This cute little critter posed for a few short seconds at the tip of a Salvia leaf. It’s one of the most hated crop pests in the US, where it causes huge damage to a wide variety of crops. It’s a tarnished plant bug, Lygus lineolaris.
Although it is thought of as a serious pest (so much so that it’s hard to find web pages that don’t go to great lengths describing its damage) I have only seen a few of them in this garden. Unlike farmers with crops to lose, I welcome them. If they reproduce too fast, I am quite certain somebody will come along to eat them. They seem to be native to North America.
Like all true bugs, these have “half-wings” with tough, leathery parts in front that cover the filmy flying wings folded underneath. They also have sucking mouthparts, in this case to drink the sap of plants.
Why are they such agro pests? Not only do they attack hundreds of valuable crops, they also produce several generations every year. A successful strategy for sure, but one that leads the humans to go to great lengths to try to eliminate them. Sadly, that usually means spreading huge amounts of deadly chemicals into the environment. No wonder the butterflies and bees are disappearing.
This lemon balm clump has just plain exploded, with warm weather and plenty of water helping it along.
During the winter it was pruned down nearly to the ground – an action I took only because the owner of the property might object to lots of dead, standing stems. Dead stems are sometimes problematic – some eco-gardeners (including me!) would like to leave them in place to decay naturally and provide lots of interesting micro-habitats. But when you don’t actually own the land, you sometimes have to compromise.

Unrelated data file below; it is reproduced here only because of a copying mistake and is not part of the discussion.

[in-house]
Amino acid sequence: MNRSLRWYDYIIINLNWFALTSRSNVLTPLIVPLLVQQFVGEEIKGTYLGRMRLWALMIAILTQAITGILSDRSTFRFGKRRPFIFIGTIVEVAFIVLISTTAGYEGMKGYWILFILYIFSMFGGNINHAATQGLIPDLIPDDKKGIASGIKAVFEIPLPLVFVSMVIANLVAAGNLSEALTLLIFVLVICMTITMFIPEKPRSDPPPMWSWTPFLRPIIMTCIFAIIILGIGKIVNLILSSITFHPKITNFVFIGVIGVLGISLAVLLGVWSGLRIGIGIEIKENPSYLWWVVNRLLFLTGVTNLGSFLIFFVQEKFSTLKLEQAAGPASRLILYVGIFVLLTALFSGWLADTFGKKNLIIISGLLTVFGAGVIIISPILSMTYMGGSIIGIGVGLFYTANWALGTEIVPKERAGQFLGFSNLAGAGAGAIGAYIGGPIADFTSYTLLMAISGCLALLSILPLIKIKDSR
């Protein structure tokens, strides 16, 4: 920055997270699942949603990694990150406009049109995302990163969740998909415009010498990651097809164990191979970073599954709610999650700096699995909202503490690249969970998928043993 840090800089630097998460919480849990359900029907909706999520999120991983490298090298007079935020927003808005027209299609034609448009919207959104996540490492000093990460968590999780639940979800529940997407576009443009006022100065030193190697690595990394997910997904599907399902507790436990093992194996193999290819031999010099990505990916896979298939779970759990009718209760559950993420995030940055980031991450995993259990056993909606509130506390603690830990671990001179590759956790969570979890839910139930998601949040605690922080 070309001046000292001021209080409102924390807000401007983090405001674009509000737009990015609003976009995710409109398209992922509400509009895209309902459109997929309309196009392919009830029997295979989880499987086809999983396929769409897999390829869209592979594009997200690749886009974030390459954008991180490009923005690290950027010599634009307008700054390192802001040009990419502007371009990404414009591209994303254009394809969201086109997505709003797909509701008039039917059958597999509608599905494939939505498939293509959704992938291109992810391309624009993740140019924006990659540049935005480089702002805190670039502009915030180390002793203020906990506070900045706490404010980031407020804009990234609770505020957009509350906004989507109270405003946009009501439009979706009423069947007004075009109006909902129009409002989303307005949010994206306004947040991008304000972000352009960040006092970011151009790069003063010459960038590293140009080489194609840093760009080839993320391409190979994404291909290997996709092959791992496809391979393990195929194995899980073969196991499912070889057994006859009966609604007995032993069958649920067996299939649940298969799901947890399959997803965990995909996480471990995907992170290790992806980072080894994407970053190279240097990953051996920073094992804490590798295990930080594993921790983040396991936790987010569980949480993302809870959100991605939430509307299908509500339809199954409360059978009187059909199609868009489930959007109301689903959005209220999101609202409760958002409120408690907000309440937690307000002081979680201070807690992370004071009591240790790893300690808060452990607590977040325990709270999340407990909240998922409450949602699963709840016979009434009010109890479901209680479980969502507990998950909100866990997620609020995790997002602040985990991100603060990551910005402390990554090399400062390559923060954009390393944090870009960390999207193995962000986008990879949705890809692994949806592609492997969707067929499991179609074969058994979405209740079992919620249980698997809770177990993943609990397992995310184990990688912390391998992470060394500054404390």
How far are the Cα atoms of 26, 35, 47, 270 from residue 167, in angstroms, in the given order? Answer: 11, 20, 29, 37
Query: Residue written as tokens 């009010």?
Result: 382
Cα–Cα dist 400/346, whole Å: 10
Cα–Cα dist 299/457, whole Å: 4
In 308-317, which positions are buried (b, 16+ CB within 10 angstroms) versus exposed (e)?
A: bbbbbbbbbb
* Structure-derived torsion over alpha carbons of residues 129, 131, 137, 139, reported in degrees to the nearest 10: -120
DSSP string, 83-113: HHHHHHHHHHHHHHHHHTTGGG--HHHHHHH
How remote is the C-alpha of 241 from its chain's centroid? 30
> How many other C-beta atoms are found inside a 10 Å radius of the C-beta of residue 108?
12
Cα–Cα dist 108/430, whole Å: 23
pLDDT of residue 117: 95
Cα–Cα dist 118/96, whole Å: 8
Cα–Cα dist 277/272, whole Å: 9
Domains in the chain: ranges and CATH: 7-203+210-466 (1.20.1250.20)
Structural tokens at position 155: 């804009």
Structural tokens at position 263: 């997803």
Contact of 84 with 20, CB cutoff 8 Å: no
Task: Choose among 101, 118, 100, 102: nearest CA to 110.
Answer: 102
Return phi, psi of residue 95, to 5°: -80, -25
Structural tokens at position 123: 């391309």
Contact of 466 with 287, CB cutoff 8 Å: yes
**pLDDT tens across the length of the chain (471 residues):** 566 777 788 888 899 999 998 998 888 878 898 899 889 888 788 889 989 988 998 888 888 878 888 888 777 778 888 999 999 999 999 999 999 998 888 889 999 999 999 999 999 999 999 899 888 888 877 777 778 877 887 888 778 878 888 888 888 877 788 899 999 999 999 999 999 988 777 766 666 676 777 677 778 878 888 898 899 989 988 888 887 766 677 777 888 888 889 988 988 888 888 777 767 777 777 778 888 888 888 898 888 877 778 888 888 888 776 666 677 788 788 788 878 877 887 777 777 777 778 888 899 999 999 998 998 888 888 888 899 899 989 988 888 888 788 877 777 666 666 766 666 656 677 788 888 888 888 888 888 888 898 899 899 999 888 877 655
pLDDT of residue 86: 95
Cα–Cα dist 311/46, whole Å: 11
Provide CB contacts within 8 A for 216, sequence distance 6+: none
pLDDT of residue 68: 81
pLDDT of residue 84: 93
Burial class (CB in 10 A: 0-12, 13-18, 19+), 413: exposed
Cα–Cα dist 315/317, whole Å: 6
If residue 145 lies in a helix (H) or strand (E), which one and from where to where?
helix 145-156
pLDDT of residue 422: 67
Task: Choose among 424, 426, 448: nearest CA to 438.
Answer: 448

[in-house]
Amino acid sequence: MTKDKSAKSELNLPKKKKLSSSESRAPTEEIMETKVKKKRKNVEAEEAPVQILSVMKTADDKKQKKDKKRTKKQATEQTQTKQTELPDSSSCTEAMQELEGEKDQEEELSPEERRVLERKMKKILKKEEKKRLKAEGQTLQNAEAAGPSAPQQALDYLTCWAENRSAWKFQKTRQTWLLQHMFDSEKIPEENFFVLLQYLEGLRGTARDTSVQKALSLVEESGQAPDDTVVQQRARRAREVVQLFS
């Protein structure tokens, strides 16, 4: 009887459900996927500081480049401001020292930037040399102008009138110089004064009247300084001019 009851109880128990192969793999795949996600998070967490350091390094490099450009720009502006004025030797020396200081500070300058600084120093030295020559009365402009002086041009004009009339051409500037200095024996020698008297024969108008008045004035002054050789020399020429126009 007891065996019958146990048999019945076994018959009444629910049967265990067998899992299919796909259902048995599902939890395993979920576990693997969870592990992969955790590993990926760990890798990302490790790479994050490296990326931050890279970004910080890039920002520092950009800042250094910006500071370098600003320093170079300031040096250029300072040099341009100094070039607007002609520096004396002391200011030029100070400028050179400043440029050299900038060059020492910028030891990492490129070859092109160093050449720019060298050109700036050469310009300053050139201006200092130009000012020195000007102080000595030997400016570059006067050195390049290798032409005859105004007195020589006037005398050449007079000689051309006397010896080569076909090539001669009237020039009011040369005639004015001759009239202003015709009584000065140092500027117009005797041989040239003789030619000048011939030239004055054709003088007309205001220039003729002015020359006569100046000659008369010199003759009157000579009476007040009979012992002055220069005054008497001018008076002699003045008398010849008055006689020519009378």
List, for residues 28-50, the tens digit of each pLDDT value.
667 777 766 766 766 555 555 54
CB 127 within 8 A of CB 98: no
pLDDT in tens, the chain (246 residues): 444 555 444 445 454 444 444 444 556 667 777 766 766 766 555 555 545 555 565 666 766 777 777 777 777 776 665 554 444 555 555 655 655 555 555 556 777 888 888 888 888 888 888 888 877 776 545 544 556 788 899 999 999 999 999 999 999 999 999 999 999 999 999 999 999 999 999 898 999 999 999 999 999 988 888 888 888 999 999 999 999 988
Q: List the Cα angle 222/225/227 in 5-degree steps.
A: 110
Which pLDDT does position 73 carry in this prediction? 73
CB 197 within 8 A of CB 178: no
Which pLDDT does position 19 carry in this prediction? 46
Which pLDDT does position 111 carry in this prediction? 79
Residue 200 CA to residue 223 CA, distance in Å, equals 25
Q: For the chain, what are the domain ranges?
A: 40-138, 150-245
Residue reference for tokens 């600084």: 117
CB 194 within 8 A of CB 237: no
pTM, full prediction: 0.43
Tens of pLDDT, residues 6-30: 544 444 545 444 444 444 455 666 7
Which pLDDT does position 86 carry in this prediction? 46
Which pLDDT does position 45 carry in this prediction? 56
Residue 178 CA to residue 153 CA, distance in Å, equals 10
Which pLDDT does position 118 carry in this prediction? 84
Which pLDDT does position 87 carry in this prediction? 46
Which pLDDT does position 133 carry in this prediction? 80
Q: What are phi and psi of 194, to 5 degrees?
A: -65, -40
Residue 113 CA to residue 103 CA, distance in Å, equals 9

Among the leaves was this visitor, a greyish shield bug in the family Acanthosomatidae of the order Hemiptera (true bugs).
My best guess is that it’s in the genus Elasmucha, but there are several other related genera to which it might belong. UPDATE: It is almost certainly Euschistus conspersus, the conspersus stink bug, closely related to Elasmucha.
Like all true bugs, shield bugs have sucking mouth parts that resemble a syringe. Some true bugs use their mouth parts to attack other insects and drain them of their internal juicy goodness, leaving behind an empty shell that might be mistaken for a cast-off exoskeleton. Others, like this shield bug, use them to suck the juices out of plants.
Their forewings are divided into a hard, leathery front part and a filmy, veined rear part, placing them in the suborder Heteroptera. The other suborder, Homoptera, contains creatures like aphids, cicadas, and planthoppers.
You can read more about the Acanthosomatidae in the Wikipedia article.